May our actions be appropriate
Letter to the Editor:
This past week George Floyd joined an ever-growing list of African-Americans killed in police-involved incidents. Floyd’s pleas of “I can’t breathe” fell on deaf, uncaring ears as an officer choked the life out of him for nine minutes while three other officers stood by watching.
There’s no defending what those officers did in that video, though some will try. With his senseless death I can’t help but compare it to COVID-19, where breathing … something precious, something to be protected and something to which every human is entitled is stolen away.
But in comparing it to loss of breath from the wretched effects of the pandemic why isn’t our reaction the same? During this crisis we saw what was occurring and swiftly and dramatically changed behaviors to save lives. With this senseless death, and the numerous other black men and women who have been killed unjustly, when will we understand that injustice affects us all? Whatever affects one person directly, affects all of us indirectly!
No matter how empathic I want to be, I have come to understand that my experience of race in America is a microcosm of my childhood … a mostly white neighborhood as is in most of Carbon County. It has made it impossible for me to fully comprehend these incidents and the fear associated with being approached by authority as a minority.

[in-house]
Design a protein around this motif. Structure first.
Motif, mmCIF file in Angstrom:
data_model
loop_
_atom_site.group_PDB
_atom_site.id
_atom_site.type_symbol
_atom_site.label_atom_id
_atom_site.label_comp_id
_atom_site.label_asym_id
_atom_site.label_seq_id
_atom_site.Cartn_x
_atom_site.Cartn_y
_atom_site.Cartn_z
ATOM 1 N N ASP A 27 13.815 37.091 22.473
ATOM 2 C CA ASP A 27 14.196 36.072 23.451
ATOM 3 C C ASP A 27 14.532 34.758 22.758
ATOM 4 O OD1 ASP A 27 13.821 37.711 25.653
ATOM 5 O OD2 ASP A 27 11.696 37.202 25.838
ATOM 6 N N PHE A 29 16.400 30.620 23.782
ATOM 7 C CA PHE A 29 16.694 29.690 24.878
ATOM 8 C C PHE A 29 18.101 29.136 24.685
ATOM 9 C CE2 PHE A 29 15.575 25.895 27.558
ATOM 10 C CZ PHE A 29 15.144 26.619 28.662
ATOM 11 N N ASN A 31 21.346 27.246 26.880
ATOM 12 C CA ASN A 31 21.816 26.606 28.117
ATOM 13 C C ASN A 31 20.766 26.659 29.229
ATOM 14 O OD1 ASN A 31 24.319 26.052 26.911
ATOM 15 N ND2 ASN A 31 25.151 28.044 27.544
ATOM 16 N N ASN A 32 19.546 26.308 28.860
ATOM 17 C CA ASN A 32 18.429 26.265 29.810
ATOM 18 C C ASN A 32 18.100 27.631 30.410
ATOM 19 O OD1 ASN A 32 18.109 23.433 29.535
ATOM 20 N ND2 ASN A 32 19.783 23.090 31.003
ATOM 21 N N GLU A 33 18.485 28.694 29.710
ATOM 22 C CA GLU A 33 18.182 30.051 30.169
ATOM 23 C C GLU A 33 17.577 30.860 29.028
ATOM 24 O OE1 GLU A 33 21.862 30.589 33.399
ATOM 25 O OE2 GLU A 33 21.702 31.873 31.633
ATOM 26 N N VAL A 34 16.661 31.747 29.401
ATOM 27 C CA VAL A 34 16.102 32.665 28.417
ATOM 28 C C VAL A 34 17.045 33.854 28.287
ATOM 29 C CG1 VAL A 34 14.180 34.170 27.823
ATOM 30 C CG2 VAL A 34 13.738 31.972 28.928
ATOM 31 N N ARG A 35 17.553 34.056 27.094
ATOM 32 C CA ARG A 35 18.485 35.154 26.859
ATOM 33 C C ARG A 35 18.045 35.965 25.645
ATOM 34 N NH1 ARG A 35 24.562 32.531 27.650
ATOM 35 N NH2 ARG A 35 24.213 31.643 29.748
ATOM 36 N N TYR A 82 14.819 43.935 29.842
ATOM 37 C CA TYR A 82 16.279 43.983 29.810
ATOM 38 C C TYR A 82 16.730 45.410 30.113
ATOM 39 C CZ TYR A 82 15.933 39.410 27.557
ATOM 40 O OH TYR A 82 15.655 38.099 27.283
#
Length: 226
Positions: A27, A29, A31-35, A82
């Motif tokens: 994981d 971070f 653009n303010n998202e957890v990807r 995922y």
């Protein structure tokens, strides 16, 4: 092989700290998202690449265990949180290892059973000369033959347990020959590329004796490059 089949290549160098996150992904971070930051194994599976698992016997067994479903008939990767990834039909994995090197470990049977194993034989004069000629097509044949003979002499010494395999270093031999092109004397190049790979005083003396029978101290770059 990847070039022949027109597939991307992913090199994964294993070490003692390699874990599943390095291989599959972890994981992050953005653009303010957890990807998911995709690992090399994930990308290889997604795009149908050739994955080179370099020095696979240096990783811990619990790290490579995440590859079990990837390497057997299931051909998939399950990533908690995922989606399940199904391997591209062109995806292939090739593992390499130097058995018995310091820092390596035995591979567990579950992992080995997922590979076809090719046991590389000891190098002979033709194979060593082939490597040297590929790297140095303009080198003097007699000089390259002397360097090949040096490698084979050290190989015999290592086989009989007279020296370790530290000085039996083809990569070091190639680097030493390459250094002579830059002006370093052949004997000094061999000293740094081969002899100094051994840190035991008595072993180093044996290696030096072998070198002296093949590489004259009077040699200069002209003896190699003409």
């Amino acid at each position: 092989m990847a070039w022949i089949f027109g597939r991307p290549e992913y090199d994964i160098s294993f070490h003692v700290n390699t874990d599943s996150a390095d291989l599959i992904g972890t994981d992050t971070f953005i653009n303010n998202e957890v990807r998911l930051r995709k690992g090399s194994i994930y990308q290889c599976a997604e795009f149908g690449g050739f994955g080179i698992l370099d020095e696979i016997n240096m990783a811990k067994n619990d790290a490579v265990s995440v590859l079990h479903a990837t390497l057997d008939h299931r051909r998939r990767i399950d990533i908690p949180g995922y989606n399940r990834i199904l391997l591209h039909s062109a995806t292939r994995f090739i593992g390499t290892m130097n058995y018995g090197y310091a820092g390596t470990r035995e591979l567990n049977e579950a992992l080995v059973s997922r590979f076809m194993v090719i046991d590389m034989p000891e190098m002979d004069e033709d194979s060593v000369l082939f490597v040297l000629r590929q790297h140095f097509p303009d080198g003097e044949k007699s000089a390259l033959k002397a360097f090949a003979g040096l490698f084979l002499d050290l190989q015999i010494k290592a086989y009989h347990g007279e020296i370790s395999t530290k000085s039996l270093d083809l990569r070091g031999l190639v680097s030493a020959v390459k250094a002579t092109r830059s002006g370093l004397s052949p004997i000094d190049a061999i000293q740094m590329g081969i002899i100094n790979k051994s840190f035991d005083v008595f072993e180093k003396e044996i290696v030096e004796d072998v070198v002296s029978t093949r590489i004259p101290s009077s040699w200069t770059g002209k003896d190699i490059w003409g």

But no one should live a life stifled by either racism or police brutality. It’s time to say ENOUGH IS ENOUGH and get involved in our neighborhoods, governments AND mostly compassionate police departments and to mentor, protest, VOTE, write our borough council members, county commissioners and Congress members. Do we have to wait until attorneys sue a police department and cost taxpayers dearly before we as a nation change our policing practices?
The memory of Mr. Floyd deserves better than the rioting THUGS looting the very neighborhoods within which hard working African-Americans have established successful businesses only to have them destroyed. Violence is never an honorable or healthy recourse to display anyone’s personal anger or mourning.
Soon, we will fully emerge from self-isolation, and when we do, may our interactions be more thoughtful, more open, more understanding, more inclusive and more kind to all races, religions and nationalities.
May our reactions be more appropriate and as natural and innate as each breath George Floyd deserved to take.
Joseph J. Bennett